Installing NextCloud on Ubuntu 16.04 LTS with Apache2, Lets Encrypt, Redis and APCu


NextCloud is an open source fork of ownCloud that has gone completely FOSS (Free and Open-Source Software), the significant difference being ownCloud is closed source with two pricing models, wheras NextCloud is open source. The NextCloud developers value their users.

I recommend hosting this on a VPS with more than 100GB’s of storage or a dedicated server since the whole point of NextCloud is to be like Dropbox and save your files the more storage the better while the minimum storage requirement is 20GB.

NextCloud Requirements:

  • 1Ghz CPU
  • 1GB Ram
  • 20GB HDD

Even though a 20GB disk would be enough to install NextCloud on it’s not recommended due to the limited storage space for files. It is also recommended to keep backups of your server in the event of a failure. Most hosts will keep backups of the node, but will not be liable if you lose any data.

If you are looking for a reasonably priced VPS take a look at RamNode, they offer a great performance to dollar ratio.

high performance ssd vps

Preparing the Server

For the purpose of this guide it’s best to install a fresh Ubuntu 16.04 LTS server (Minimal or Full) x64.

Since brand new installations are based on images, it’s best to update the server before any work has been done so that all packages are the most recent.

apt update && apt upgrade

Once the fetch has been completed hit the enter button to accept the upgrades and continue the installation.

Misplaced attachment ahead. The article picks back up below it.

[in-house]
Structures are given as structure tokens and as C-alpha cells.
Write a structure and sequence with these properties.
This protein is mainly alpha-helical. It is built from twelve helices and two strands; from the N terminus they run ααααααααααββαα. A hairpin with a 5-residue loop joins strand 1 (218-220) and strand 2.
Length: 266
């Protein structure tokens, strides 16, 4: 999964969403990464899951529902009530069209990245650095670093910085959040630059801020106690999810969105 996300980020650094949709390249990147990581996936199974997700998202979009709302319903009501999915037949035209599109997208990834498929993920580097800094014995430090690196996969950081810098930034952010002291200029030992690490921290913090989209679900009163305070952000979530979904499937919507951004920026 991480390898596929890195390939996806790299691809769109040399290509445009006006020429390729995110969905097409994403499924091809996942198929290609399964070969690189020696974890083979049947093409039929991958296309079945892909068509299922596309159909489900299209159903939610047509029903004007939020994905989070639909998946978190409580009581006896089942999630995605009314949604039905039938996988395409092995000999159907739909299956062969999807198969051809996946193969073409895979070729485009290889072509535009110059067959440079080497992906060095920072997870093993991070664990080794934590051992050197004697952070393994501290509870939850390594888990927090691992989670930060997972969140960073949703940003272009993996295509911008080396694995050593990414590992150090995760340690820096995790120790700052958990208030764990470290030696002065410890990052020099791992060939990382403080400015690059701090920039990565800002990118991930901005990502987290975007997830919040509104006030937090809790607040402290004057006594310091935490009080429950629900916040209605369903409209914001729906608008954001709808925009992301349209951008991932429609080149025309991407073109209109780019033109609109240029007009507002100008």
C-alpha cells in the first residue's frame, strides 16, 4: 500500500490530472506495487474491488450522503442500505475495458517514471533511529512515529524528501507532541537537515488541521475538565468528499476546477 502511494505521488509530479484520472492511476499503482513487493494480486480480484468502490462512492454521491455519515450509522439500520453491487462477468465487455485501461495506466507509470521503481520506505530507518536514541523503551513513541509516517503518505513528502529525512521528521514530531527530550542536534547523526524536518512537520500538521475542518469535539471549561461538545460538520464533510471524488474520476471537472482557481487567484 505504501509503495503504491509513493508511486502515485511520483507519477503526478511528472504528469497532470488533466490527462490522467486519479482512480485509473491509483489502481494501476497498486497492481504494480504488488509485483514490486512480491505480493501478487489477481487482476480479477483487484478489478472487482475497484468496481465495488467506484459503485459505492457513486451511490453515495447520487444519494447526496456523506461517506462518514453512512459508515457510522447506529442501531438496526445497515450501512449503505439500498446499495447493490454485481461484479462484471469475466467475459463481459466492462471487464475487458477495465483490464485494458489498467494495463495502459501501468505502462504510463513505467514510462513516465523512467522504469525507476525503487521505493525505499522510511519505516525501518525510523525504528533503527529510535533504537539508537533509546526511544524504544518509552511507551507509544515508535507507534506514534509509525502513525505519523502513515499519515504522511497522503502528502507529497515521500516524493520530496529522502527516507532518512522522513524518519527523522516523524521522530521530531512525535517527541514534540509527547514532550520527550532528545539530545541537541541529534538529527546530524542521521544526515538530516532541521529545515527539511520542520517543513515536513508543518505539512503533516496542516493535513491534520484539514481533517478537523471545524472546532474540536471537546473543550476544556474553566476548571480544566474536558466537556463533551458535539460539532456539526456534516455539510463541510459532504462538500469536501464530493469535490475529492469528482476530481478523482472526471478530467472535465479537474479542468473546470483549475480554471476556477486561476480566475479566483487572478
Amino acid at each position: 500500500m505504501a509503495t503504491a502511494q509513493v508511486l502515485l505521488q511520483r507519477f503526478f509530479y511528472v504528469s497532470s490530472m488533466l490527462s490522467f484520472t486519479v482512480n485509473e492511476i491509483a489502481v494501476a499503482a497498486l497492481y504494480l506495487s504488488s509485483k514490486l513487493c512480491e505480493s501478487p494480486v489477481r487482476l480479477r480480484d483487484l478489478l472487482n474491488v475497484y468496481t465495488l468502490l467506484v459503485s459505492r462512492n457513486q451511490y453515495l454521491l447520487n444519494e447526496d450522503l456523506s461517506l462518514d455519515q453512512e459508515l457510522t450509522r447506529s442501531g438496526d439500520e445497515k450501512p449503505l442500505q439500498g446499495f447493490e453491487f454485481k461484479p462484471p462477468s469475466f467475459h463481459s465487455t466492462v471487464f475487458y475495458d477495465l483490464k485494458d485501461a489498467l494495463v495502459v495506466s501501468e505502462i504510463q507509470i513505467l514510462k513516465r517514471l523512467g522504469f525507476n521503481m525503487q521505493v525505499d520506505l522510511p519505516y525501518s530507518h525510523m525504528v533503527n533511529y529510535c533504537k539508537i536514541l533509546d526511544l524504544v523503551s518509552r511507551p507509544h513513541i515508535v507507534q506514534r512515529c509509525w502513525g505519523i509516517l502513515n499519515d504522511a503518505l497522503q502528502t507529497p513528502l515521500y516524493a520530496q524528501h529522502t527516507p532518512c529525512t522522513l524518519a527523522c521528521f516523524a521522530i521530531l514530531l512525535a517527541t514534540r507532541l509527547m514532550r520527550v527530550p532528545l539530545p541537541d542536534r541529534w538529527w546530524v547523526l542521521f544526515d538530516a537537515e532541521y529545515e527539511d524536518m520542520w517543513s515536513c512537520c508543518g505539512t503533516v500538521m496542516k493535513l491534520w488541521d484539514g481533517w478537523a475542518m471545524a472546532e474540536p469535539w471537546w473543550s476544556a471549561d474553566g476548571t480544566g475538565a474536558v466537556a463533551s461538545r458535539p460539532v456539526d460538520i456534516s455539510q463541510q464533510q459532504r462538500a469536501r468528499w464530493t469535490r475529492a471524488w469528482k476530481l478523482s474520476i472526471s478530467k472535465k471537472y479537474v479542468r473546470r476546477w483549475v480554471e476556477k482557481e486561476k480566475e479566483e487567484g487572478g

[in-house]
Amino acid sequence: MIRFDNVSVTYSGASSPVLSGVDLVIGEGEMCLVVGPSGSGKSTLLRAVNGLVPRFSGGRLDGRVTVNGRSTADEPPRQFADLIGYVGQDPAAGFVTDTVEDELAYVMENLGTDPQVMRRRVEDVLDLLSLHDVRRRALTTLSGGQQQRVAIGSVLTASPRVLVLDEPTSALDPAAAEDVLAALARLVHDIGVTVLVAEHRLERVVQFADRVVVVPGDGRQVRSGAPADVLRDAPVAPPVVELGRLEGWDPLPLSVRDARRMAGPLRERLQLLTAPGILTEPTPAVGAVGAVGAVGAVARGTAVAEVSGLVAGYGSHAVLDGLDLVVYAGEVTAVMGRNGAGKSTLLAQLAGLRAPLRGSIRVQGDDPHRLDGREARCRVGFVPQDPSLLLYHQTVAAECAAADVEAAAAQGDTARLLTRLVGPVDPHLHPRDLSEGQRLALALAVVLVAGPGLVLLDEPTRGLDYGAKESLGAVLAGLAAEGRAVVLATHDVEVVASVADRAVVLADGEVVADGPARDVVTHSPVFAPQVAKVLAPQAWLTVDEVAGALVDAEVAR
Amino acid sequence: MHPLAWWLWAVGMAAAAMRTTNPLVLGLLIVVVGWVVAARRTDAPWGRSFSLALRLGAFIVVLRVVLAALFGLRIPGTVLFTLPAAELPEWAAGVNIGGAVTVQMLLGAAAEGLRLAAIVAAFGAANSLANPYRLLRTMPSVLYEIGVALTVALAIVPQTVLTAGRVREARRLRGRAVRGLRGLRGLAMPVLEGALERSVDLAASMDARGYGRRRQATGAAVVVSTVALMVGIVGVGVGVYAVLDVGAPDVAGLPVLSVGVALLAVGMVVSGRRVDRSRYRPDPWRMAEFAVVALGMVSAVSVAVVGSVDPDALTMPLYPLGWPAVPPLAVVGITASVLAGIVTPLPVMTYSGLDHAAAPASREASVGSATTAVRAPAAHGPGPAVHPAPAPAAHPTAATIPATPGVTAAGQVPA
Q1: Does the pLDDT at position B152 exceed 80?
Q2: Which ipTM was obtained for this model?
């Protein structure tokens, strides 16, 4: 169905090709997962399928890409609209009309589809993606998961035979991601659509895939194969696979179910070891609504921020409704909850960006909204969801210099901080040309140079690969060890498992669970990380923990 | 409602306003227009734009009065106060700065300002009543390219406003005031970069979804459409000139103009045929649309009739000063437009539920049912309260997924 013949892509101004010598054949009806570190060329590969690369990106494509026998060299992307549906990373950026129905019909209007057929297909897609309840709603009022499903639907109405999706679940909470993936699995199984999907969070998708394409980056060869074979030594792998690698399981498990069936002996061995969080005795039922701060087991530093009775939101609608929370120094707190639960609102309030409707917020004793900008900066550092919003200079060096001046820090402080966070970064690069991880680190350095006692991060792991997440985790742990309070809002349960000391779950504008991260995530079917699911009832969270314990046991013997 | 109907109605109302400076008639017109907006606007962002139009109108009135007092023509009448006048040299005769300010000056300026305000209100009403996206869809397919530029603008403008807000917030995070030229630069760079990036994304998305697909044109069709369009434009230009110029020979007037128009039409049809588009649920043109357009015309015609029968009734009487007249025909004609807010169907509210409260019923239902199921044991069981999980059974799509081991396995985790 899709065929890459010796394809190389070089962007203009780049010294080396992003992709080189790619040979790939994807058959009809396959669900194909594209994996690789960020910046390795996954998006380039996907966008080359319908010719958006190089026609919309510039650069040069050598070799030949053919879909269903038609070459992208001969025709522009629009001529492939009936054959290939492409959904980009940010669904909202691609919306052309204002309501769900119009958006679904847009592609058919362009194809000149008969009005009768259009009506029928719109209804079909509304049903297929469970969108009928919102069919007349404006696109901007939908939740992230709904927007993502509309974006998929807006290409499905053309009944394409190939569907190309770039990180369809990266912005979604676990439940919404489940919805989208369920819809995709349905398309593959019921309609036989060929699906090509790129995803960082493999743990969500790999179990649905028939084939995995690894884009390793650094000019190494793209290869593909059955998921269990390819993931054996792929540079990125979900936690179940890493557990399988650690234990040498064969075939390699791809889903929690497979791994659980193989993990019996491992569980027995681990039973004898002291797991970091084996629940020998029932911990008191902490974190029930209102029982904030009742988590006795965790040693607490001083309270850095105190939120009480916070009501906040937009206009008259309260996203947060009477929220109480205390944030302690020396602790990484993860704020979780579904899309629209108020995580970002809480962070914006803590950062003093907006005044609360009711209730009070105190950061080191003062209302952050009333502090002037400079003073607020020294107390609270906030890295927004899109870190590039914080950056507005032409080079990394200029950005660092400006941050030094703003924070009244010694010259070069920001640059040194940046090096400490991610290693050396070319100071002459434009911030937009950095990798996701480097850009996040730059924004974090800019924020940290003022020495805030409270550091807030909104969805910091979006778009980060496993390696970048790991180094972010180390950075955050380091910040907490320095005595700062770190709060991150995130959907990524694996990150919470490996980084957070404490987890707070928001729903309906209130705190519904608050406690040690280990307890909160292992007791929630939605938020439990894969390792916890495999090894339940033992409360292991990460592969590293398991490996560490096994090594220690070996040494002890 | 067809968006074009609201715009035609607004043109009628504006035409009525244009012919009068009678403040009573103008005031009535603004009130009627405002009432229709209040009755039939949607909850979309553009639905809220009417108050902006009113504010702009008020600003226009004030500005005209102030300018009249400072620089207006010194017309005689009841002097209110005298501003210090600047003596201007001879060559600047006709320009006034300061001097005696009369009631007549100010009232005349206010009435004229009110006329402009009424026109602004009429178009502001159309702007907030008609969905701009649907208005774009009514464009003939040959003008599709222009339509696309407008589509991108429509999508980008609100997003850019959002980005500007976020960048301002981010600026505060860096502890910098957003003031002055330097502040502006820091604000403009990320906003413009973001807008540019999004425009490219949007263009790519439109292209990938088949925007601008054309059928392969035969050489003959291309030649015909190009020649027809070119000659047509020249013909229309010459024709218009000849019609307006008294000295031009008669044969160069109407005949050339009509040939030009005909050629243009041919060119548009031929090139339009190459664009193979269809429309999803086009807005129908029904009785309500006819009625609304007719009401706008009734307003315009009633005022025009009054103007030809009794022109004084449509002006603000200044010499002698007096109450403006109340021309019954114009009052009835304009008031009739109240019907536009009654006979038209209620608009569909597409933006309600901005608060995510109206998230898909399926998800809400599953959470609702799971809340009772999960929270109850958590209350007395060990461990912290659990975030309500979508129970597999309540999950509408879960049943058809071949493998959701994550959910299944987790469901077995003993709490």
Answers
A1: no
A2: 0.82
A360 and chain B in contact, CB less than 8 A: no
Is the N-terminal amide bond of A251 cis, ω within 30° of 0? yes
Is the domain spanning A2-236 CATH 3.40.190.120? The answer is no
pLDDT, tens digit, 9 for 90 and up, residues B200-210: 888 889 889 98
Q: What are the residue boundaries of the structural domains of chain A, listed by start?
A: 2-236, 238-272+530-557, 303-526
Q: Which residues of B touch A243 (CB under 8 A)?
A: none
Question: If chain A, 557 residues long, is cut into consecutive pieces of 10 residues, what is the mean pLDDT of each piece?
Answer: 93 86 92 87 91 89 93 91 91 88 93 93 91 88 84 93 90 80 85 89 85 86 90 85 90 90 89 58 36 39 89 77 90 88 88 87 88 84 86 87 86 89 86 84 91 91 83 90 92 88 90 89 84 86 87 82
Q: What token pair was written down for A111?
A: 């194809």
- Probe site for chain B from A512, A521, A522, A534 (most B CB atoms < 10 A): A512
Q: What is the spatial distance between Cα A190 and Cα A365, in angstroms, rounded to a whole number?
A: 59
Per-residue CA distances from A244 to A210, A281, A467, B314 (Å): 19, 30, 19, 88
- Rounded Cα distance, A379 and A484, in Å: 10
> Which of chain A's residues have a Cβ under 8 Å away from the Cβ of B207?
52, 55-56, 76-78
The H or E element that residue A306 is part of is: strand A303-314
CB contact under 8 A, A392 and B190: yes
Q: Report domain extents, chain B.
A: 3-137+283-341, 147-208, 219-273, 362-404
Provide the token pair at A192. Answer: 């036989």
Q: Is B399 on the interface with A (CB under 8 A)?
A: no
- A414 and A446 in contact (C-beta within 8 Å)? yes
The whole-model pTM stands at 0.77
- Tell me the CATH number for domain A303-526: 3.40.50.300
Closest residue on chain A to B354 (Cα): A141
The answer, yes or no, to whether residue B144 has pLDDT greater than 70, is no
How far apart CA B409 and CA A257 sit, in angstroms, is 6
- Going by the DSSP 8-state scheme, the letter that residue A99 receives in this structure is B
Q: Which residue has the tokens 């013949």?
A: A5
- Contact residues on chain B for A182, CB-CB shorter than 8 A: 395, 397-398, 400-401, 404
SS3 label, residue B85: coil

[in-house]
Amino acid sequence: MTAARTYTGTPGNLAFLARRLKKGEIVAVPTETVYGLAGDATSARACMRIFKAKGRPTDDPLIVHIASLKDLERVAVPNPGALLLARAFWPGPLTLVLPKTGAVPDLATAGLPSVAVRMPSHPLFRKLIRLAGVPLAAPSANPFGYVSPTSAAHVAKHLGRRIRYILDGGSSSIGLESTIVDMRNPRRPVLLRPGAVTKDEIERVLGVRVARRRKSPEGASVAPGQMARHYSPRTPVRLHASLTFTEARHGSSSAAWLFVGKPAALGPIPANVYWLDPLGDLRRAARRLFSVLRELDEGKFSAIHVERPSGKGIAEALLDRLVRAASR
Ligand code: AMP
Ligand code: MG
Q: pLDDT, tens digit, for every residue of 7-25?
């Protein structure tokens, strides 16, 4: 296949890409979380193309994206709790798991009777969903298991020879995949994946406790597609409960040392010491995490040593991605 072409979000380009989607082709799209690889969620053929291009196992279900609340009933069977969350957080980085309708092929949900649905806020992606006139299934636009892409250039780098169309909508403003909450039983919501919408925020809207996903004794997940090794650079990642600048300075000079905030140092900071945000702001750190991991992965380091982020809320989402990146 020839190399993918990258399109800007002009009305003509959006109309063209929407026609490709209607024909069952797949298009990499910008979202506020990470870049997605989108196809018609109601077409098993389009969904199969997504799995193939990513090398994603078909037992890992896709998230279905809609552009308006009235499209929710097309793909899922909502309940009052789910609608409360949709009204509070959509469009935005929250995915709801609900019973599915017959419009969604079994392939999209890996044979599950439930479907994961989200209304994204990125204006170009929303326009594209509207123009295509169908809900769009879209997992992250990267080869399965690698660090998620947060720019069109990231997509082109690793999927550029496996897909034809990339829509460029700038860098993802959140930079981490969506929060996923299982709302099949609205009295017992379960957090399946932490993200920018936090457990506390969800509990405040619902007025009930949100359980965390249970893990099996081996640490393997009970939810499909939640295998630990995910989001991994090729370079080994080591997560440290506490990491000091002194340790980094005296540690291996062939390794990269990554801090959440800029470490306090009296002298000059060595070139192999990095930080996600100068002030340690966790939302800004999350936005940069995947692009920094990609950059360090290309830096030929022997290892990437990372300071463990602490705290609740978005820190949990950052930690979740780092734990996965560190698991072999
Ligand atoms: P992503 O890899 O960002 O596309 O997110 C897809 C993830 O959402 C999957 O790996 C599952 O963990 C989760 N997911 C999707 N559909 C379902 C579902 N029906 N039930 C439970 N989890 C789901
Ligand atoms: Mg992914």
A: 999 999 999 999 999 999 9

Create a user account so that you can log in as a non-root user. Assign sudoers to your new account also.

adduser newuser sudo

Installing Nextcloud Dependencies

Time to install the basic LAMP stack! This command will install apache2, mysql, php7 and several modules that makes sure the three servers can collaborate between each other. When you are prompted to continue, press enter.

sudo apt install lamp-server^

During the installation MySQL will ask to set a root password. I suggest you use a random password generator site to generate a password and save it in a password manager. Tap enter when you have entered your desired password.

Nextcloud will also need some more dependencies so let’s install them now. Confirm the packages and press enter.

sudo apt install php-apcu redis-server php-redis && sudo apt install php-zip php-dompdf php-xml php-mbstring php-gd php-curl

This will install APCu, Redis, and the required PHP modules. Now it’s time to enable a few Apache modules required for configuration:

sudo a2enmod rewrite headers env dir mime

Restart Apache

sudo service apache2 restart

Navigate to http://your-server-ip and verify that the page is working.

Installing Let’s Encrypt

Let’s Encrypt is a certificate authority which “hands out” free SSL certificates, the only catch is that they need to be renewed frequently but I will cover how to set-up auto renewal in this guide.

sudo apt install letsencrypt python-letsencrypt-apache

Now lets create the certificate

sudo letsencrypt --apache --agree-tos --email your-email-address -d

When going through the Let’s Encrypt setup wizard choose the Secure option.

Now when you navigate to your site you will be greeted with a green confirmation in your URL bar confirming that SSL is enabled.

While we are configuring Apache, let’s edit the le-config and add a line at the bottom of the file right after the SSLCertificateKeyFile line:

<IfModule mod_headers.c>
     Header always set Strict-Transport-Security "max-age=15768000; includeSubDomains; preload"

Reload Apache

sudo systemctl reload apache2

Installing NextCloud

Your webroot default directory is set too /var/www/html lets cd to /var/www and rm -rf html

Download the latest version of NextCloud from their official site.